Nevertheless, it has recovered from the depths of the recession, and it's notable that the average price per unit has increased. This suggests that newbuilds are more likely to have higher-priced HVAC and security. This, and apparently a market share gain, boosted nine-month residential unit sales by 7%. After so much disappointment, it would be foolish to expect rapid acceleration in housebuilding, but it's not likely to retreat, either. Continued modest improvement is the most plausible forecast. Carrier sells residential units elsewhere, but the U.S. is its largest market.
Transport refrigeration had a spectacular 2015, with nine-month unit sales up 19%. It's unlikely to continue to grow so fast, but demand is still firm. Reduced demand from emerging economies, which were important customers, cut into commercial refrigeration sales. Over the longer run, demand is forecast to grow at an average 5.7% annually. Carrier is the largest supplier of such equipment, but it's a fragmented market. Commercial refrigeration and security are probably the areas where United Technologies is most likely to seek acquisitions.
The company's stock has been punished:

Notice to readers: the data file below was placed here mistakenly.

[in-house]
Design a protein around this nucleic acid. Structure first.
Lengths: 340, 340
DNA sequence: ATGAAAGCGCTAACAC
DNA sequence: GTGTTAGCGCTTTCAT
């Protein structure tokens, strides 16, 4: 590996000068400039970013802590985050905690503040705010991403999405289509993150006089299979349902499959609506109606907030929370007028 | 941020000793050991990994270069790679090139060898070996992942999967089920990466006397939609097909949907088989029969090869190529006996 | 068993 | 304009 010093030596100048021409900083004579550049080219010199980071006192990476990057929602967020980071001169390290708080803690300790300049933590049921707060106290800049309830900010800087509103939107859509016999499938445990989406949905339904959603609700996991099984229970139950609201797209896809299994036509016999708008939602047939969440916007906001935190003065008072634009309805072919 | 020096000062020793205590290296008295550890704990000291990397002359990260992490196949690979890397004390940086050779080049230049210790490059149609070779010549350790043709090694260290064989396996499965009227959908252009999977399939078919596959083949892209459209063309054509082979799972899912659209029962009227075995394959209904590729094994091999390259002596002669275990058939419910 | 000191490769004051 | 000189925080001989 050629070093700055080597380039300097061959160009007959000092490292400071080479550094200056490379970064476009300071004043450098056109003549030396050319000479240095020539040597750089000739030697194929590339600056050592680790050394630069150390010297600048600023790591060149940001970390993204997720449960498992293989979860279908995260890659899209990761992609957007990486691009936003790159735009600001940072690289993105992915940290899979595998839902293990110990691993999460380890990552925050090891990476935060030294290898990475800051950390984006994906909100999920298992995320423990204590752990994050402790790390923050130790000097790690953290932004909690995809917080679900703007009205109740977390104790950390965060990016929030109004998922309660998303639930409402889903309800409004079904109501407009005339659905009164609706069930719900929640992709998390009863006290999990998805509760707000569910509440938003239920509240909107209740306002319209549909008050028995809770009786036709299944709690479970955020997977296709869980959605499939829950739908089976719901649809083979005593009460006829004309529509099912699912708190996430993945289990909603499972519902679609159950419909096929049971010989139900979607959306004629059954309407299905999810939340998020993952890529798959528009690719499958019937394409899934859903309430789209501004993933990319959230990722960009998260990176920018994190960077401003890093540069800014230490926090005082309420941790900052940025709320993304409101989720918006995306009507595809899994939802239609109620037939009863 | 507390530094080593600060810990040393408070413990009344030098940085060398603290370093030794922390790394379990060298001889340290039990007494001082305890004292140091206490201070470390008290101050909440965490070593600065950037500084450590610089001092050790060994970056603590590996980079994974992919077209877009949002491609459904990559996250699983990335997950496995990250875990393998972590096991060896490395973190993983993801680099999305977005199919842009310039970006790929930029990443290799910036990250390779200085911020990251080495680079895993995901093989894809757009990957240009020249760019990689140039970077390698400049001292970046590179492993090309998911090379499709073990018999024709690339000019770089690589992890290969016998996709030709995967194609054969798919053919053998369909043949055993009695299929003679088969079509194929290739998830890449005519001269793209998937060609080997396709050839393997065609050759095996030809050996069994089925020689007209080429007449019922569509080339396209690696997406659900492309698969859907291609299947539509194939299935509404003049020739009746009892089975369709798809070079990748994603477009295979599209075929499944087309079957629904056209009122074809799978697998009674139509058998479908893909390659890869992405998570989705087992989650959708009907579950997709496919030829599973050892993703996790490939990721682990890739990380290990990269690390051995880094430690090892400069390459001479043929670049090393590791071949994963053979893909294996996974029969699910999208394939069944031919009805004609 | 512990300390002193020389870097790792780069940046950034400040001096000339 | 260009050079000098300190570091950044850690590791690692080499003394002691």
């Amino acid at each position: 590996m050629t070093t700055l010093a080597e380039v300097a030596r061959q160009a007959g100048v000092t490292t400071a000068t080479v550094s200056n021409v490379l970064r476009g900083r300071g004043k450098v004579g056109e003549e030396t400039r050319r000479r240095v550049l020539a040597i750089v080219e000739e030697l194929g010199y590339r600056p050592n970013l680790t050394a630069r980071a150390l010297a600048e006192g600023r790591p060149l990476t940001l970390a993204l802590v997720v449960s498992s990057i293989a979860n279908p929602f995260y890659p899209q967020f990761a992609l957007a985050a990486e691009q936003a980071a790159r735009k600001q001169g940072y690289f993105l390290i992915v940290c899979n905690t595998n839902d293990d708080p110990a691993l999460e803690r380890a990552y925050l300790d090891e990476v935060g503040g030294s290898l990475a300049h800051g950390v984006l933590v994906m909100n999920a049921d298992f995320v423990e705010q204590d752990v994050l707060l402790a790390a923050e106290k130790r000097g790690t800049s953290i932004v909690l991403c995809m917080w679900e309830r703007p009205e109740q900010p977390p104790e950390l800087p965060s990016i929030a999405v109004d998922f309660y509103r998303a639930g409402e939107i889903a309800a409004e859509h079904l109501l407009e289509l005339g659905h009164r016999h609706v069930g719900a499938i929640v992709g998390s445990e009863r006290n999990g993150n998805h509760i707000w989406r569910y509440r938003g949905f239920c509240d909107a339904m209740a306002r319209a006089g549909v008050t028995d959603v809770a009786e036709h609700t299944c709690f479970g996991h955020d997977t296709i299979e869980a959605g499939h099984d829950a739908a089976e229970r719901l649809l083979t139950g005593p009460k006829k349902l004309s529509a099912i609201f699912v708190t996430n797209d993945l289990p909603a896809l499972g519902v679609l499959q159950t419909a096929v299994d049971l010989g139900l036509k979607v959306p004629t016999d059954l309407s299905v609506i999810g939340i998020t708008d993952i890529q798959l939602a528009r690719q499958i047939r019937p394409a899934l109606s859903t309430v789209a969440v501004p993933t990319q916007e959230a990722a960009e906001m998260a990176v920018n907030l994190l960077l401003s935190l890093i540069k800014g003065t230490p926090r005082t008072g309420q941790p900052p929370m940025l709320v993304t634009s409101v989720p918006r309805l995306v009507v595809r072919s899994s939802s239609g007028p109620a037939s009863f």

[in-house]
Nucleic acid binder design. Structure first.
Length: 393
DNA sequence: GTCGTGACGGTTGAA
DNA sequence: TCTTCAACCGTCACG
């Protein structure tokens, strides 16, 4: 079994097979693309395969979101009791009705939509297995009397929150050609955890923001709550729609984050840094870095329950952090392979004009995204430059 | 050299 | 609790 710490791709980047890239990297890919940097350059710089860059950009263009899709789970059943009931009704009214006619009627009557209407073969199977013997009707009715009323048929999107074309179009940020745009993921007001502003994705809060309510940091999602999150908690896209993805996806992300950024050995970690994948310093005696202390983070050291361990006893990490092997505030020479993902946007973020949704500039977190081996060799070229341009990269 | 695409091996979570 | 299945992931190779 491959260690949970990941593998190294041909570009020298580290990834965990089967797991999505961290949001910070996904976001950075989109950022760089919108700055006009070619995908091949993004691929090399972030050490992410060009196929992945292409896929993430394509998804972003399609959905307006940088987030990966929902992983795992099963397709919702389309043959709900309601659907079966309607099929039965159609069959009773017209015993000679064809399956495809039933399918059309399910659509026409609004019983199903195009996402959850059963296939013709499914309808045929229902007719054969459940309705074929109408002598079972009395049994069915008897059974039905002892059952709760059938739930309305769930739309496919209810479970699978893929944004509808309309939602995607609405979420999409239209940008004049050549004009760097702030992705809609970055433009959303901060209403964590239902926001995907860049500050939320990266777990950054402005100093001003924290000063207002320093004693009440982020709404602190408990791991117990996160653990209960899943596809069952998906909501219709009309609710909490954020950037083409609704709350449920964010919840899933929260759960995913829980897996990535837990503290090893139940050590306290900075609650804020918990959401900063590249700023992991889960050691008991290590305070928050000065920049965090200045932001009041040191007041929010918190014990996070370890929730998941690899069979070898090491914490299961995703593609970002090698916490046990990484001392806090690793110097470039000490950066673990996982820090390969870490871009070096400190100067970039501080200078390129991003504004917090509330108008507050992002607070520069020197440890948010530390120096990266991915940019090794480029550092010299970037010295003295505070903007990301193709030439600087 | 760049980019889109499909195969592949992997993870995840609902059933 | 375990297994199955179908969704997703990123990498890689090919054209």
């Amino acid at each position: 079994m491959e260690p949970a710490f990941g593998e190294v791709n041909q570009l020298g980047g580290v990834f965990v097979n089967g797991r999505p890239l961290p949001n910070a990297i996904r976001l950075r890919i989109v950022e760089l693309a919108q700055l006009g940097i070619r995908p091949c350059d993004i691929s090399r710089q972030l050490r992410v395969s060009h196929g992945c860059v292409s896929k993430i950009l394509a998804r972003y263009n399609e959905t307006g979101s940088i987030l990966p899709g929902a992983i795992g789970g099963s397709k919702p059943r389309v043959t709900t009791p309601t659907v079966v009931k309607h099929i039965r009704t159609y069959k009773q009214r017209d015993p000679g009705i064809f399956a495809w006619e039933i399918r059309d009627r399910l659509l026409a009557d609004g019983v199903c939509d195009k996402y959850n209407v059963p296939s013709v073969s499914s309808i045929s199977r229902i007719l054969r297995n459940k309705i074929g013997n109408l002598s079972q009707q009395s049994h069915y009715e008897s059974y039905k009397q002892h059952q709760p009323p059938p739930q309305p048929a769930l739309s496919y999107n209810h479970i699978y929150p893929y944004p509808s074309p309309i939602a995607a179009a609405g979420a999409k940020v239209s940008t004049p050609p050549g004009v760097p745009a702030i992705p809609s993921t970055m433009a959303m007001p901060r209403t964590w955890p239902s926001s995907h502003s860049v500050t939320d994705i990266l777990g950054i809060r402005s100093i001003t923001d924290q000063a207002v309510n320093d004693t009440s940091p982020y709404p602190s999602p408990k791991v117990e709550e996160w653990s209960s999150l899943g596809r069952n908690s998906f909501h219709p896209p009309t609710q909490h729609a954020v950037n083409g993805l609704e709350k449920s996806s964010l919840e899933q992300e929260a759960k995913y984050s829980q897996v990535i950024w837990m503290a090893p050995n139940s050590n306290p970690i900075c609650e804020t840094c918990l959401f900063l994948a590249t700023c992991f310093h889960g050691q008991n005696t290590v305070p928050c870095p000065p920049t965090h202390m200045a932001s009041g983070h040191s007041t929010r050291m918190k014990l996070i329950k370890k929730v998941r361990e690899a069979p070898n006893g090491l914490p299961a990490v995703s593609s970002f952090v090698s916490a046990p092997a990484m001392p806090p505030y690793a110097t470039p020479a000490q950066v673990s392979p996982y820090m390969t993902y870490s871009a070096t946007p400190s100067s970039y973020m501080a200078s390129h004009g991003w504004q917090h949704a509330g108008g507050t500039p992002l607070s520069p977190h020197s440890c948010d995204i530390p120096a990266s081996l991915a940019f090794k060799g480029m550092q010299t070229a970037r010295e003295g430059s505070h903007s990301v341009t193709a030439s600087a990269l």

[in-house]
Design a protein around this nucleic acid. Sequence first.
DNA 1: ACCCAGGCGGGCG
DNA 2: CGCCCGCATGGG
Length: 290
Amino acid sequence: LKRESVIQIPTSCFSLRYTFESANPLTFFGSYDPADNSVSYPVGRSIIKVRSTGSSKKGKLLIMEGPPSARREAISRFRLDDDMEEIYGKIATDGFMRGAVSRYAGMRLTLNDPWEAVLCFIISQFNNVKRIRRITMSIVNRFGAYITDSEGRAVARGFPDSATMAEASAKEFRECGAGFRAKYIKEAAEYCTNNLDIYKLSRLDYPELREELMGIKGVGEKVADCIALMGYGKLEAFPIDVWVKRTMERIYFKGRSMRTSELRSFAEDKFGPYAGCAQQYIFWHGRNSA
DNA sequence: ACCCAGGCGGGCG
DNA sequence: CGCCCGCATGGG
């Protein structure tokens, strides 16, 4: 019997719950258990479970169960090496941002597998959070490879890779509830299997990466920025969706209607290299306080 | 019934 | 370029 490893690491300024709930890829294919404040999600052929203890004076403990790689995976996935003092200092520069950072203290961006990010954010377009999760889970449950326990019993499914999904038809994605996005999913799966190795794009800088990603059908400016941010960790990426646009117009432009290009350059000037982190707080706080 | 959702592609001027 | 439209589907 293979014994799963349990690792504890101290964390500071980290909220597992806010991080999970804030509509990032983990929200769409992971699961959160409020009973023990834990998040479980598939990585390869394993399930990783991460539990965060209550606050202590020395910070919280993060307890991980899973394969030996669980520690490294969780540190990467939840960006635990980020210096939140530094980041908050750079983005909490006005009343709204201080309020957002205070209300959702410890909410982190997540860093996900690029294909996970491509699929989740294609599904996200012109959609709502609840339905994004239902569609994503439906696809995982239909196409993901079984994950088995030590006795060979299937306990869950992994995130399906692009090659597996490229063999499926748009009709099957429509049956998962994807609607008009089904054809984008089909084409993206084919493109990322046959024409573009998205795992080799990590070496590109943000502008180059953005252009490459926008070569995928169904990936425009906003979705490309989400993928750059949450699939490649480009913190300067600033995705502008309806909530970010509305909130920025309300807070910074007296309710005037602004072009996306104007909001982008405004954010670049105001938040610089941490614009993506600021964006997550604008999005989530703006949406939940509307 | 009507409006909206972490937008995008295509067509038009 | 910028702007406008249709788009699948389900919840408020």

Many industrials received similar treatment, as investors absorbed the implications of dollar strength, Chinese weakness, and collapsing commodity prices. But United Technologies has some unique problems, notably the never-ending travails of its PurePower jet engines, although it has at last delivered some. United Technologies also suffers from the outlooks for the F-35 (which continues to be delayed and see orders scaled back) and military spending generally, which is at its lowest level in decades. The problems affecting Pratt & Whitney (which has problems with its new commercial engine as well as the issues mentioned with the military) and the aerospace unit are well known, and each week seems to offer another indication that they're no closer to solution. Even if they evaporated overnight, investors might applaud, but 2016 and probably 2017 earnings wouldn't be affected. If there are to be any positive earnings (as opposed to technical or order book) surprises from United Technologies, they'll come from its construction segment.